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[001] if it is objected that his ancestor did not put in a claim, if he who is said to be his
[002] ancestor was not the ancestor of him who now claims, <as in the case of warranty of
[003] charter,> in the sense that any right could descend to him through the aforesaid
[004] ancestor.

[If] the fine was made in secret, before the lawful time, that is, at least a month.

[006] One is also excused for not putting in his claim if the chirograph is made and fraudulently
[007] delivered before the lawful time, one month at least. And though at first sight
[008] a fine and chirograph may be revoked by reason of the persons involved, those who
[009] hold tenements only for life, as women holding in the name of dower and the like,
[010] or villeins [who] make a fine and chirograph of their lords' villeinage, in many cases1
[011] it is prejudicial to such lords when they are present, [who] cannot be excused if they
[012] have not put in their claim. On this matter may be found [in the roll] of Trinity term
[013] in the fourteenth year of king Henry in the county of Norfolk, [the case] of Richard
[014] Angod.2 One is sometimes excused for not putting in his claim by the king's service,
[015] since that ought to be no one's prejudice, provided that he is so in service that he can
[016] neither come nor send,3 as where he is besieged in a castle within the realm or hindered
[017] in some other way.

One is also excused if he speaks of his own seisin.

[019] One is also excused for not making his claim if he speaks of his own seisin before a fine
[020] made after a disseisin, and impetrates his writ before the fine, because the thing is thus
[021] made litigious.4

In some cases he is not excused.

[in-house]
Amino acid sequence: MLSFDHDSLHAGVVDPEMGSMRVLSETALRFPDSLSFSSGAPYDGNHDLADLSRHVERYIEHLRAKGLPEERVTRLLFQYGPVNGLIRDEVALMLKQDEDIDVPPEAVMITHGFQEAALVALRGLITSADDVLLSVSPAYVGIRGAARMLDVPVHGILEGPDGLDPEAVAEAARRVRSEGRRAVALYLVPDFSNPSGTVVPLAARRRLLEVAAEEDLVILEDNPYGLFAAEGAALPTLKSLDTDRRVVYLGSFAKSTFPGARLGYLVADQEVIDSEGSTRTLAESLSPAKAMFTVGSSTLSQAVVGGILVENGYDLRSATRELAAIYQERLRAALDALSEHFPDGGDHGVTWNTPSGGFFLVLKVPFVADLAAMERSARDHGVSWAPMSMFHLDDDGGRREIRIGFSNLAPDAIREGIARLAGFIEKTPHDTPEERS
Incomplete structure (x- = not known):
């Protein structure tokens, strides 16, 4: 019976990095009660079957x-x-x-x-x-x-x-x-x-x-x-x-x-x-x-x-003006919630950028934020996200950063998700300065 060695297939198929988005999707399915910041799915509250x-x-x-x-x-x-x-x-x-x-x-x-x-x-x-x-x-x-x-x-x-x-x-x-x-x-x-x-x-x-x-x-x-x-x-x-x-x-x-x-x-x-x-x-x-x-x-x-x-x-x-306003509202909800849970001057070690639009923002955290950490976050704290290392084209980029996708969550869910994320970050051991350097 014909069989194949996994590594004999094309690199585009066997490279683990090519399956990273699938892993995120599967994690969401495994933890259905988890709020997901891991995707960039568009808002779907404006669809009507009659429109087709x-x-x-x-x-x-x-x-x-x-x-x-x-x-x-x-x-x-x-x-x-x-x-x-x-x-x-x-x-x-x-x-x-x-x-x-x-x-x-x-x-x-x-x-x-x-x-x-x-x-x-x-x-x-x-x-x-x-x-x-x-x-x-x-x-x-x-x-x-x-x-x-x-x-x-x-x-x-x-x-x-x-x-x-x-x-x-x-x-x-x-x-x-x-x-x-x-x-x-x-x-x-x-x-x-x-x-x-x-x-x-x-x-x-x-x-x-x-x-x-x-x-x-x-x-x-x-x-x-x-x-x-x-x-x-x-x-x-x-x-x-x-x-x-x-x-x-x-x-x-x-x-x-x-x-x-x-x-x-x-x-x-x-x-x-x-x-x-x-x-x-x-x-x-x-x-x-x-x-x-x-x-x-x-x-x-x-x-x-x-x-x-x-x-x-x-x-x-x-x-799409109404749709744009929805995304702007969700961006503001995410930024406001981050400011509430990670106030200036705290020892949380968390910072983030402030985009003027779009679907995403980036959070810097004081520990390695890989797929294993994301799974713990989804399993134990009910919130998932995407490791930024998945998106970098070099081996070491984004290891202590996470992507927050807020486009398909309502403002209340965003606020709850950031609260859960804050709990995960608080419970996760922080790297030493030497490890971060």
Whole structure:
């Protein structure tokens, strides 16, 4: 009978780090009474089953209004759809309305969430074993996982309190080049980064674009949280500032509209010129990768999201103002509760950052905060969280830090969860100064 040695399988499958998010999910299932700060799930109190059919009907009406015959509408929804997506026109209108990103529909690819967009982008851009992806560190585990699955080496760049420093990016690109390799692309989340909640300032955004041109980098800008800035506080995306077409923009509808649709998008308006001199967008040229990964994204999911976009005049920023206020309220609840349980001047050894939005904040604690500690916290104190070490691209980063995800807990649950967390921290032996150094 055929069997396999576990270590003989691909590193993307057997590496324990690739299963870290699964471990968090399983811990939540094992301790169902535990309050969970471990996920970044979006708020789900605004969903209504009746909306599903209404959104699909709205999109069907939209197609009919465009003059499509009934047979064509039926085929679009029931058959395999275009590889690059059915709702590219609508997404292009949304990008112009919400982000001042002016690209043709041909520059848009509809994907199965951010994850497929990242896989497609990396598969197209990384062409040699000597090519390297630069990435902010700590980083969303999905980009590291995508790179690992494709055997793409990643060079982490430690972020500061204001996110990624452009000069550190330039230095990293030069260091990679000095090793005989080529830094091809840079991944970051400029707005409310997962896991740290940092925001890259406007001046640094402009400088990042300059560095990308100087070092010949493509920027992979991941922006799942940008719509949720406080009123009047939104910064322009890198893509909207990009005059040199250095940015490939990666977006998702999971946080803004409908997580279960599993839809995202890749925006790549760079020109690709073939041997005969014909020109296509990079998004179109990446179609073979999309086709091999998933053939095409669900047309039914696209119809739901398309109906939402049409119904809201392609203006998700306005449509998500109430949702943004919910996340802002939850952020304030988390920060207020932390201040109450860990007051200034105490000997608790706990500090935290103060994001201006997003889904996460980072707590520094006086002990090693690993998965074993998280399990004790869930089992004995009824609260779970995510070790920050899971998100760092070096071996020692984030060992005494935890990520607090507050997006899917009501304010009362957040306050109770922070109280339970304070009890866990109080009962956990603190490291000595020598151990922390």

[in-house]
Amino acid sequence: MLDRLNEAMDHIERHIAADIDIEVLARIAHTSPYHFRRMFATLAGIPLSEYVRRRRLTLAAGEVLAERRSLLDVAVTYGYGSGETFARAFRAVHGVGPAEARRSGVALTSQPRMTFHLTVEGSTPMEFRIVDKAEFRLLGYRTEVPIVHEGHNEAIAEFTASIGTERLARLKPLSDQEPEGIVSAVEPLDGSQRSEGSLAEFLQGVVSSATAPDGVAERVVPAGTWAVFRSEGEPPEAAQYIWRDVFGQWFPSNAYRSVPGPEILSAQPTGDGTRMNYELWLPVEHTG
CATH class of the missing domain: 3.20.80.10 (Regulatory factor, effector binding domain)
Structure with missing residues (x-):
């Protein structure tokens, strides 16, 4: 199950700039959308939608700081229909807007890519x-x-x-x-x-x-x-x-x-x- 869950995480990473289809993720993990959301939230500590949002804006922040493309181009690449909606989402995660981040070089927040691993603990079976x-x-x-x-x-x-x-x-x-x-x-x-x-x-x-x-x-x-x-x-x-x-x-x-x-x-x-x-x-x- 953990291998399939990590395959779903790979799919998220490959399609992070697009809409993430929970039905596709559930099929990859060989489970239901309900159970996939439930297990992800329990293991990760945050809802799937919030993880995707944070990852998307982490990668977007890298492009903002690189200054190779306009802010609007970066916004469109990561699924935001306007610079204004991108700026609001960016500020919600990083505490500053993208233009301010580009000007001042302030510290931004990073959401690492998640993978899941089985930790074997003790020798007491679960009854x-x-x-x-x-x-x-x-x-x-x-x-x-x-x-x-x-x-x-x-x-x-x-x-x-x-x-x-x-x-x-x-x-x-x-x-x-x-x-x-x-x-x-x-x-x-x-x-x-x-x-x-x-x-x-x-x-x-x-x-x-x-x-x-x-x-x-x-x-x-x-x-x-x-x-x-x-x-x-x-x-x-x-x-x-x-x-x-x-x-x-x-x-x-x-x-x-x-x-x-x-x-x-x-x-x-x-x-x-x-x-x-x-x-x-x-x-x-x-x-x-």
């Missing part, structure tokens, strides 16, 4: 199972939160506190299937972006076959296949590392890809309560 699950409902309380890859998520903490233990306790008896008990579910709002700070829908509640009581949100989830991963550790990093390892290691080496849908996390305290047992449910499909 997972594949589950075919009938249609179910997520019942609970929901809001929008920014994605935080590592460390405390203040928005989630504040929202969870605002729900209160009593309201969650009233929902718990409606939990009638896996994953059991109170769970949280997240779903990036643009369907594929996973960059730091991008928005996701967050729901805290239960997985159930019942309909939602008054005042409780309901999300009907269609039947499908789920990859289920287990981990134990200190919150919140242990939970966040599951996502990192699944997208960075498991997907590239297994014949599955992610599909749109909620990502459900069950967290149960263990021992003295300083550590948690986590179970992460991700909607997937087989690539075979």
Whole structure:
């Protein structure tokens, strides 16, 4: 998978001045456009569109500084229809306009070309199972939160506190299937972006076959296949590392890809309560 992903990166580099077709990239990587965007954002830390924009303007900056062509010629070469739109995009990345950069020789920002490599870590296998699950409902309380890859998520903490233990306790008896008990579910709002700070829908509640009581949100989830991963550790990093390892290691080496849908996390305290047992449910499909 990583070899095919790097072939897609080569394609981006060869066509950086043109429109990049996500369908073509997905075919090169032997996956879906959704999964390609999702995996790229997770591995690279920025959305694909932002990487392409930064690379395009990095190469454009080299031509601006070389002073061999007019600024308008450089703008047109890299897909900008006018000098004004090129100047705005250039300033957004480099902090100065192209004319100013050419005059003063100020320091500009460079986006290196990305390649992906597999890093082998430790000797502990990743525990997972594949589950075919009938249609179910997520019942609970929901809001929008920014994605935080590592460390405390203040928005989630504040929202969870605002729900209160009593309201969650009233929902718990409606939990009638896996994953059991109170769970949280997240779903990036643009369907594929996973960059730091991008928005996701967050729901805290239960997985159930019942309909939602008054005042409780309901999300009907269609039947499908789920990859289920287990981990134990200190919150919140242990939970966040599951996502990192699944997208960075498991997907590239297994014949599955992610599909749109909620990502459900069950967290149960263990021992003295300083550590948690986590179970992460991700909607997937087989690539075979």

[023] Note that one is not excused for not making his claim if he is in the realm within the
[024] four seas and may, if he wishes, come or send. And that he is not excused if he can
[025] send may be found in the roll of Hilary term in the seventh year of king Henry, in the
[026] county of Lincoln [the case] of William de Scotingny.5 Nor is he excused though ‘languor’
[027] has been a warded him, because he can send, as in the same roll in the county of
[028] Lincoln [the case] of Simon de Hales.6 7<Languor did not excuse him because he could have sent his man to put in his claim.>

If one says that he was hindered he must prove it, as where he says that he was overseas or in prison and the like.

[030] It does not suffice to say that he was hindered, he who alleges an impediment, unless
[031] he proves it by suit or the country, as where one says by way of replication that he


1. ‘in pluribus,’ from line 9

2. C.R.R., xiv, no. 336 (sidelined); not in B.N.B.

3. Supra 71

4. Supra 354

5. C.R.R., xi, nos. 129, 241; not in B.N.B.

6. C.R.R., xi, no. 233; not in B.N.B.

7. Not in list of addiciones supra i, 422; in OA, CM, LA, MC; om: OC, CE, OB, MA

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